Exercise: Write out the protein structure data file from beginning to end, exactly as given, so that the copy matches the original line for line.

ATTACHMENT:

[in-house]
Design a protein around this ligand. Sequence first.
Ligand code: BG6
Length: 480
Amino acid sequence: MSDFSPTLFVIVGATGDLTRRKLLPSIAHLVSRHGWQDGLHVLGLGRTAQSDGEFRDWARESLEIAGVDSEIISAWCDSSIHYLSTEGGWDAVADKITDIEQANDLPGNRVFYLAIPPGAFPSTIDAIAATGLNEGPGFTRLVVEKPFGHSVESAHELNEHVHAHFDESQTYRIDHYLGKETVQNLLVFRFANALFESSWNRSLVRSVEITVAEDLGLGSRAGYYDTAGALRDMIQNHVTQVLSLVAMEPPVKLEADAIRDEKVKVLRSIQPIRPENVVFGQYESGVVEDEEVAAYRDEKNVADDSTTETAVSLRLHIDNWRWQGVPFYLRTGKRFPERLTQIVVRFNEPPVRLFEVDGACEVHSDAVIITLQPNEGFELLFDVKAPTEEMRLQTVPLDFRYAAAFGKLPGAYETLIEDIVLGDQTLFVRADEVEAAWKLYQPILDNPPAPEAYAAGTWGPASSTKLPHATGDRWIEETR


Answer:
[in-house]
Design a protein around this ligand. Sequence first.
Ligand code: BG6
Length: 480
Amino acid sequence: MSDFSPTLFVIVGATGDLTRRKLLPSIAHLVSRHGWQDGLHVLGLGRTAQSDGEFRDWARESLEIAGVDSEIISAWCDSSIHYLSTEGGWDAVADKITDIEQANDLPGNRVFYLAIPPGAFPSTIDAIAATGLNEGPGFTRLVVEKPFGHSVESAHELNEHVHAHFDESQTYRIDHYLGKETVQNLLVFRFANALFESSWNRSLVRSVEITVAEDLGLGSRAGYYDTAGALRDMIQNHVTQVLSLVAMEPPVKLEADAIRDEKVKVLRSIQPIRPENVVFGQYESGVVEDEEVAAYRDEKNVADDSTTETAVSLRLHIDNWRWQGVPFYLRTGKRFPERLTQIVVRFNEPPVRLFEVDGACEVHSDAVIITLQPNEGFELLFDVKAPTEEMRLQTVPLDFRYAAAFGKLPGAYETLIEDIVLGDQTLFVRADEVEAAWKLYQPILDNPPAPEAYAAGTWGPASSTKLPHATGDRWIEETR